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Every tutorial I've read about setting java_home environment variable via gedit just says "save and exit" save to where?

Can I save this particular gedit file as such /home/nexogen/developer/gedit_java

Or must I save this gedit file to /usr/lib/jvm/java-8-oracle

as in save the gedit file which contains the java_home environment variable command in the same directory as jave_home itself

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I think I have understand your problem. You're opening /etc/environment file as normal user and then cannot save the file at that place.

You won't open it as normal user. Instead you'll open as root user. To do so, First open a terminal by pressing Ctrl-Alt-T keyboard shortcut.

Then write this command there to open as root

sudo -i gedit /etc/environment

This will open the file as root.

JAVA_HOME is an environment variable. It is set to a directory containing JDK installation like this line

JAVA_HOME=/usr/lib/jvm/java-8-oracle

I assumed jdk is in /usr/lib/jvm/java-8-oracle folder.

You'll add this line at the end of that file and save by pressing Ctrl-S. This will overwrite the file at place. You don't need to save this file anywhere else as you opened this as root

Now exit gedit.

Logout and login again to see the effect of setting JAVA_HOME.

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  • Yes I know what gedit is and I also know the proper directory. I opened gedit and opened /etc/environment and then ran command "export JAVA_HOME=/usr/lib/jvm/java-8-oracle" now I'm frustrated because It's not just save and exit... When I run the command and go to save, I must choose a directory to save to. The home directory initially pops up. I simply need to know where I should save to (the location I should save the gedit untitled document to) using the GUI I went into the directory /usr/lib/jvm and Java-8-oracle is there. But java-8-oracle is also still located in /etc/environment – nexogen.io Sep 12 '16 at 18:21
  • you will save it in. bashrc file. /etc/environment is for system usage. Use the file in your home not /etc/environment. – Anwar Sep 12 '16 at 18:37
  • When you say write a line at the end of .bashrc what do you mean? I am ready to save and I selected .bashrc I was going to save as "JAVA_HOME.bashrc in the home directory... Is this not proper? – nexogen.io Sep 12 '16 at 18:43
  • No. It's not. You'll open. bashrc first. add lines on that file and save that file – Anwar Sep 12 '16 at 18:47
  • @nexogen.io I think I understood your problem and updated the answer. Check it.your problem was you weren't opening the file as root – Anwar Sep 13 '16 at 0:33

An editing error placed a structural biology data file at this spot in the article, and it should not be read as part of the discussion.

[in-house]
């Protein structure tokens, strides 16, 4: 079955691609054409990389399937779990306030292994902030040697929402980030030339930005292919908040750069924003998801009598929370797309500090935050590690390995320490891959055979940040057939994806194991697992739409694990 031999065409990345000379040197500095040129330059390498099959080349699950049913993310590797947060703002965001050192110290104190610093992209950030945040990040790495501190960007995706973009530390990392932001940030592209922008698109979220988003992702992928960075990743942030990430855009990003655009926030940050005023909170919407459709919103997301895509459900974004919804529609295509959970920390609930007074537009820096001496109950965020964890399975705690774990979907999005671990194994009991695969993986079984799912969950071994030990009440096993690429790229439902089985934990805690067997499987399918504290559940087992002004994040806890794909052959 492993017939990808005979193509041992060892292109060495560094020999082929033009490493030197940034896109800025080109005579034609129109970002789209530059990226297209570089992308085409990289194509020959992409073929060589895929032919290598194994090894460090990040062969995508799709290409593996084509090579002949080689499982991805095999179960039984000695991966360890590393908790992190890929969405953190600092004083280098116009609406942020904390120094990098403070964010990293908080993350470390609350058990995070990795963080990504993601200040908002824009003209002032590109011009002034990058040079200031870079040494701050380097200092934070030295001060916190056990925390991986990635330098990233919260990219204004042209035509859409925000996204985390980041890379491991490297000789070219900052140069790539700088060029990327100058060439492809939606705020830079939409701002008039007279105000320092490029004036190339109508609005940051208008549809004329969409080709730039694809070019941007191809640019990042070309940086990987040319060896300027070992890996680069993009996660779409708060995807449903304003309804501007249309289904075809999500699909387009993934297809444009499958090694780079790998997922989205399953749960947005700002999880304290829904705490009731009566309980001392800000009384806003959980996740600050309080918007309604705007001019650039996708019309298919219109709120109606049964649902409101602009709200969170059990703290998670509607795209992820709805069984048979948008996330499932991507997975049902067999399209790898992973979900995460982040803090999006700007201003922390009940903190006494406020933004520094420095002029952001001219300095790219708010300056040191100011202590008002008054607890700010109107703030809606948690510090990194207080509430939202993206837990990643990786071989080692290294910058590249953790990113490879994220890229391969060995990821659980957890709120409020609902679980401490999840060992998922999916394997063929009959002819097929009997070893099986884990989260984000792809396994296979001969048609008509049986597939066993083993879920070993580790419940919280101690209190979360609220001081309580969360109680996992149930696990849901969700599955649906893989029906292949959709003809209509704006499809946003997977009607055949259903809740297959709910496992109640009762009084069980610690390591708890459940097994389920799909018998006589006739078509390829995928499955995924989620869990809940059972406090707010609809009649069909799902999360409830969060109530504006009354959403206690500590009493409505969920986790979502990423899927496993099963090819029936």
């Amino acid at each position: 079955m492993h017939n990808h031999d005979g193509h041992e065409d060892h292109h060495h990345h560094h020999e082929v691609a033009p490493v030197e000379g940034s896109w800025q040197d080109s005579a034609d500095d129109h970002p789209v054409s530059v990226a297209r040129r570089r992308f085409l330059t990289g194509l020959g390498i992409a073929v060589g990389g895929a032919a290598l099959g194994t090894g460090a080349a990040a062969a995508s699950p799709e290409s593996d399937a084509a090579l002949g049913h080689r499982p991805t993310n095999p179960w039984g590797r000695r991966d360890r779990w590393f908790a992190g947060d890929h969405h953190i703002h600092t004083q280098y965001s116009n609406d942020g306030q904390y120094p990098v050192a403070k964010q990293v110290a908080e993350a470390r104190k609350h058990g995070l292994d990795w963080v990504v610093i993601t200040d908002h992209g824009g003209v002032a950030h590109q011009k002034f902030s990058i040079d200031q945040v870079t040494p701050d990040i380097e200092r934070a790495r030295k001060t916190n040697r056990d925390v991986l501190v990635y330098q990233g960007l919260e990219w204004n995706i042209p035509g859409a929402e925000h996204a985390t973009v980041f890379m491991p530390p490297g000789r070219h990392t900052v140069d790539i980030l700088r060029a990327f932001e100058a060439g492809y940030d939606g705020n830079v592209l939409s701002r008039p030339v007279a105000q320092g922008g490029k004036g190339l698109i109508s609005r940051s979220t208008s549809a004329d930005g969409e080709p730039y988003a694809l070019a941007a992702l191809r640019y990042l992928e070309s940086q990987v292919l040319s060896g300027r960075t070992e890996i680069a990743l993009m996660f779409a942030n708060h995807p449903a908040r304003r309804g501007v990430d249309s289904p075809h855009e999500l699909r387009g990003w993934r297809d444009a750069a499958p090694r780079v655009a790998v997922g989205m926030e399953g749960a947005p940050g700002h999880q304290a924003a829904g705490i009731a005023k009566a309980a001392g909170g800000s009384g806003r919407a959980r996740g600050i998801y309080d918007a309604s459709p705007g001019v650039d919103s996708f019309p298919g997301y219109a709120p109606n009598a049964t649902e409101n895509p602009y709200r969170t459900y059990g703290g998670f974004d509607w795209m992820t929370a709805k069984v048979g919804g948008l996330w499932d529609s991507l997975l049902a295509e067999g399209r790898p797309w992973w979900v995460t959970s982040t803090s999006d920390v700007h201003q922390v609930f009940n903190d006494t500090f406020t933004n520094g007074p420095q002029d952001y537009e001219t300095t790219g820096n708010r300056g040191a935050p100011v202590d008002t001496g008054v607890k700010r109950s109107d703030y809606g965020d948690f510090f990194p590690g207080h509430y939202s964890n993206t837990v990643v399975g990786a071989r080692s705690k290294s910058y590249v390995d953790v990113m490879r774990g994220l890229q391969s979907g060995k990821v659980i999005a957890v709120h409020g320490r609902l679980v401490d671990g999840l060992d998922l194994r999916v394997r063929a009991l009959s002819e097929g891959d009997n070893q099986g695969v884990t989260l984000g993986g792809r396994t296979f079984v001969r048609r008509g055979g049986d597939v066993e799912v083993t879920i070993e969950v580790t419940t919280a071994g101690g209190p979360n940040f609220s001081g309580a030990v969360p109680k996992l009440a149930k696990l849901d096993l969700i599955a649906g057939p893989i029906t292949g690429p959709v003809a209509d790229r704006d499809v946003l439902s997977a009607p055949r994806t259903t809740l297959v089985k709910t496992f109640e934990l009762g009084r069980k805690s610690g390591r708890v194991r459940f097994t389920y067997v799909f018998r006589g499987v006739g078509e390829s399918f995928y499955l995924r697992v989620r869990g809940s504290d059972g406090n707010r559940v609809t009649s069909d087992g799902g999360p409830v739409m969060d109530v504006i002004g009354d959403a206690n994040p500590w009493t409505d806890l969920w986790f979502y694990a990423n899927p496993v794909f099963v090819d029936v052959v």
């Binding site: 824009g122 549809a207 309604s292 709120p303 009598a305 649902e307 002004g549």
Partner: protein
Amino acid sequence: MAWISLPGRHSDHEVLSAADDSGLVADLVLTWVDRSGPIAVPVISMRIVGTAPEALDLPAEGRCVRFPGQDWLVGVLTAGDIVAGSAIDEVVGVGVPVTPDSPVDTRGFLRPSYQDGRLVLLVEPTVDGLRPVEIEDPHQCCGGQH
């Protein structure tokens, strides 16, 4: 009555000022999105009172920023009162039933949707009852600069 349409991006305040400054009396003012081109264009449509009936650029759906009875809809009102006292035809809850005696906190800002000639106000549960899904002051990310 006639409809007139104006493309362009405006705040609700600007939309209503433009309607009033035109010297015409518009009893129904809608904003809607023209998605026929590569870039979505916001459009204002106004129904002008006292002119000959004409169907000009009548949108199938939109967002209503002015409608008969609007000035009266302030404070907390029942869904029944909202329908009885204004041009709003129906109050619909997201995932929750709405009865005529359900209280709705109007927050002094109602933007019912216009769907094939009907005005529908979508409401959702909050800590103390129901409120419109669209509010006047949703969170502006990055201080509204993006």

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Well I recommend you to add the following in the file /etc/profile so that the java path could be usable system-wide. JAVA_HOME and PATH variable can be set as follows : Open up a terminal

sudo nano /etc/profile

At the following statements at the bottom of the file , I am assuming your java extracted folder is at /usr/lib/jvm/java-8-oracle

JAVA_HOME=/usr/lib/jvm/java-8-oracle
PATH=$PATH:$HOME/bin:$JAVA_HOME/bin
JRE_HOME=/usr/lib/jvm/java-8-oracle/jre
PATH=$PATH:$HOME/bin:$JRE_HOME/bin
export JAVA_HOME
export JRE_HOME
export PATH

Save the file by pressing Ctrl + x y enter

Better give read and execute permission for the Java installation folder as follows :

sudo chmod -R a+rx /usr/lib/jvm/java-8-oracle

I also recommend to update alternative for all the application to use java when required as follows :

sudo update-alternatives --install "/usr/bin/java" "java" "/usr/lib/jvm/java-8-oracle/bin/java" 1
sudo update-alternatives --install "/usr/bin/javac" "javac" "/usr/lib/jvm/java-8-oracle/bin/javac" 1
sudo update-alternatives --install "/usr/bin/javaws" "javaws" "/usr/lib/jvm/java-8-oracle/bin/javaws" 1
sudo update-alternatives --set java /usr/lib/jvm/java-8-oracle/bin/java
sudo update-alternatives --set javac /usr/lib/jvm/java-8-oracle/bin/javac
sudo update-alternatives --set javaws /usr/lib/jvm/java-8-oracle/bin/javaws

Now reload the profile file we have updated as follows in the terminal.
Note: There is a space between . and /etc/profile in the below command.

. /etc/profile

That's it

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